US rolls out measures to tackle migration crisis

Published June 11, 2022
LOS ANGELES: US President Joe Biden delivers remarks aboard the USS Iowa Museum on Friday. Biden was in the Los Angeles area while taking part in the Summit of the Americas.—AFP
LOS ANGELES: US President Joe Biden delivers remarks aboard the USS Iowa Museum on Friday. Biden was in the Los Angeles area while taking part in the Summit of the Americas.—AFP

LOS ANGELES: The United States unveiled on Friday a long list of measures to confront the migration crisis as President Joe Biden and fellow leaders prepared to issue a joint declaration thrashed out at a fractious Summit of the Americas.

The White House touted a series of actions agreed by countries across the hemisphere and Spain, including programmes to take in more guest workers and to provide legal pathways for people from poorer countries to work in richer ones.

The Biden administration, facing a record flow of illegal migrants at its southern border, pledged hundreds of millions of dollars in aid for Venezuelan migrants across the region, renewed processing of family-based visas for Cubans and Haitians and eased the hiring of Central American workers.

The announcements on the final day of the Los Angeles summit were part of a US-led pact dubbed the “Los Angeles Declaration” and aimed at creating incentives for countries taking in large numbers of migrants and spreading responsibility across the region.

But some analysts are sceptical that the pledges, some of which appear mostly symbolic, are meaningful enough to make a significant difference.

The plan caps a summit hosted by Biden that was designed to reassert US leadership and counter China’s growing economic footprint in the region.

However, that message was clouded by a partial boycott by leaders, including Mexico’s President, to protest Washington’s exclusion of US antagonists Cuba, Venezuela and Nicaragua.

At the summit’s opening on Thursday, leaders from Argentina and tiny Belize rebuked Biden face to face over the guest list, underscoring the challenge the global superpower faces in restoring its influence among poorer neighbours.

On Friday, Chile, the Bahamas, Barbados and Antigua and Barbuda joined the drumbeat of criticism, though Biden was not present. “We can’t have exclusions,” new Chilean leftist President Gabriel Boric said from the summit podium.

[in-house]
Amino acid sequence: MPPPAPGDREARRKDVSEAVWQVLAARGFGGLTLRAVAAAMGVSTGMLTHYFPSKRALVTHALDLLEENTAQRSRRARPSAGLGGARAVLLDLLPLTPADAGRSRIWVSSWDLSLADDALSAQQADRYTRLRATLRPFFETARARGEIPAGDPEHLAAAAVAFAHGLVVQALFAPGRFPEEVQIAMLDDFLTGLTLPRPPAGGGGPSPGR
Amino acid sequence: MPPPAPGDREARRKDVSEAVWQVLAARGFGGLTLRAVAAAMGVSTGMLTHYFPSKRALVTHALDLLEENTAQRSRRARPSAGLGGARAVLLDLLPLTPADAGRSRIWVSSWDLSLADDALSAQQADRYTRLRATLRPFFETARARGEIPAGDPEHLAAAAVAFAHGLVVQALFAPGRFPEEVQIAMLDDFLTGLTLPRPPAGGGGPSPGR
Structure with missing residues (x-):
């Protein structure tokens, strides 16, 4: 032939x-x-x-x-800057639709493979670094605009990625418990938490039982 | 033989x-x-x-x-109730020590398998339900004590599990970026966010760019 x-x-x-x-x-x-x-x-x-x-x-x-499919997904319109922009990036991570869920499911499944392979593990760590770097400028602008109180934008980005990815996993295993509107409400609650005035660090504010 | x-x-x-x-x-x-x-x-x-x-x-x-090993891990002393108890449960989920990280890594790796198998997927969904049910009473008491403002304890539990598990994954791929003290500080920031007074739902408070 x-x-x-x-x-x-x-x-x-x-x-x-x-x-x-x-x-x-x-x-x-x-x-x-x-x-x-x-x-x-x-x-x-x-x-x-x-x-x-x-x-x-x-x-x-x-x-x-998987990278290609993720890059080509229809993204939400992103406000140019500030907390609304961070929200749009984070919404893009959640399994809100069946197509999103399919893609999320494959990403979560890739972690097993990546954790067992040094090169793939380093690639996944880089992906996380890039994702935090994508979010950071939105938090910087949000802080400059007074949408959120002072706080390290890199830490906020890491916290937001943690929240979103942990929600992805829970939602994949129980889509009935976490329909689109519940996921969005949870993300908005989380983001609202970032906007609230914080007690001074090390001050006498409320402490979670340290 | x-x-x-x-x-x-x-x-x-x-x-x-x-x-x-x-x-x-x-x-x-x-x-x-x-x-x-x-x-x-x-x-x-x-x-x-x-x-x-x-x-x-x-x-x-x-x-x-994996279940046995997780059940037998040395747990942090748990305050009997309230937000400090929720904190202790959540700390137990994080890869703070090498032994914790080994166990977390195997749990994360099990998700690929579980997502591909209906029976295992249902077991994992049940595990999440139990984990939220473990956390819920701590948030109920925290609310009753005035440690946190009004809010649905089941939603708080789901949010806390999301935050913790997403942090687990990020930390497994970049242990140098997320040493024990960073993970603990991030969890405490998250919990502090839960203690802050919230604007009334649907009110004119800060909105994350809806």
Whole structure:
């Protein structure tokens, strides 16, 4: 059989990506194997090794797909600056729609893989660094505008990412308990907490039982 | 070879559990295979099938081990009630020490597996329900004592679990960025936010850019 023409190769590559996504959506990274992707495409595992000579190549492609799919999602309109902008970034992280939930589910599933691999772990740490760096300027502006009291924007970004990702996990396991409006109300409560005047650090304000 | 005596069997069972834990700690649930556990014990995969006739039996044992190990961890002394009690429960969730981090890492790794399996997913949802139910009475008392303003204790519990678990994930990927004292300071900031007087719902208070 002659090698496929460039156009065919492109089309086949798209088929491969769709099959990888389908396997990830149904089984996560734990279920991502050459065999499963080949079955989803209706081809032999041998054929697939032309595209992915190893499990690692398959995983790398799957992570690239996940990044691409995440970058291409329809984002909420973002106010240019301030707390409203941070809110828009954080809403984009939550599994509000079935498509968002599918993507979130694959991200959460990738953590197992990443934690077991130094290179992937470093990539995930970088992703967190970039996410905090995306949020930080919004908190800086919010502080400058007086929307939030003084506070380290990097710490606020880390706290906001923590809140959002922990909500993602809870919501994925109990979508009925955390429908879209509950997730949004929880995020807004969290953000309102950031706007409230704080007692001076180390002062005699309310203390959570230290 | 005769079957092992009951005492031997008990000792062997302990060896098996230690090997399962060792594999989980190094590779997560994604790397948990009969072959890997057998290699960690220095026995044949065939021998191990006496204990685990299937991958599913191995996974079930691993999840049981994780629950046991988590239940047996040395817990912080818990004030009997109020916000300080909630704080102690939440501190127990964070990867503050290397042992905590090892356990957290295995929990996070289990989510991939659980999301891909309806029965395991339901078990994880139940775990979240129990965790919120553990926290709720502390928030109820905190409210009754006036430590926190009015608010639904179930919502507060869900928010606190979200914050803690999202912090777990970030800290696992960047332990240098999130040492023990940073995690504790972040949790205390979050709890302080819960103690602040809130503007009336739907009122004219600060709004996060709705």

The declaration “seeks to mobilise the entire region around bold actions that will transform our approach to managing migration in the Americas”, the White House said.

Some countries are unlikely to endorse the plan, according to a person familiar with the matter. Some Caribbean states are not expected to approve it, an official at the summit said.

US officials were expected to work right up until the rollout ceremony to persuade sceptical governments to accept, or at least not openly oppose, any of the migration provisions, another person familiar with the negotiations said.

They believe the open backlash Biden faced in Thursday’s plenary session has reinforced the determination of some leaders against caving in to American pressure over the declaration, the source familiar with the matter said.

‘Rethink’

“Addressing the unprecedented migration crisis in the region requires us to rethink how we view multilateral development finance and how we manage the strains on our economies,” the White House said.

Mexico — whose long border with the United States is the focus of irregular migration — will back the declaration, an official said, despite President Andres Manuel Lopez Obrador’s no-show.

The absence from the summit of the leaders of Guatemala, Honduras and El Salvador — the so-called Northern Triangle region from which many migrants come — has raised doubts about how effectively the proposed pledges will become reality.

US officials have said the turnout would not prevent Washington from getting results.

The declaration encompasses specific commitments by a broad array of countries, including Mexico, Canada, Costa Rica, Belize and Ecuador. There was no mention, however, of any pledges by Brazil, Latin America’s most populous nation.

The White House’s announcement did not include any US pledges for additional work visas for Mexicans. That would form part of the discussions when Lopez Obrador visits Biden next month.

Spain, attending as an observer, pledged to “double the number of labour pathways” for Hondurans in Madrid’s “circular migration programmes”, the White House said. Madrid’s temporary work programme enrolls only 250 Hondurans, suggesting only a small increase is envisioned.

Curbing irregular migration is a top priority for Biden, a Democrat, as the number of attempted illegal border crossings has risen to record highs.

Republicans, who hope to regain control of Congress in November midterm elections, have pilloried the president for reversing the restrictive immigration policies of Republican predecessor Donald Trump.

But migration _ as well as the summit itself _ has had to compete with Biden’s other challenges at home and abroad, including high inflation, mass shootings and the war in Ukraine.

US efforts to stem migration from Guatemala, Honduras and El Salvador have been hampered by corruption, with projects likely worth millions of dollars shelved.

In recent months, the Biden administration has sought to portray migration as a challenge for all of the Americas, calling on other countries to strengthen protection for asylum seekers.

Published in Dawn,June 11th, 2022

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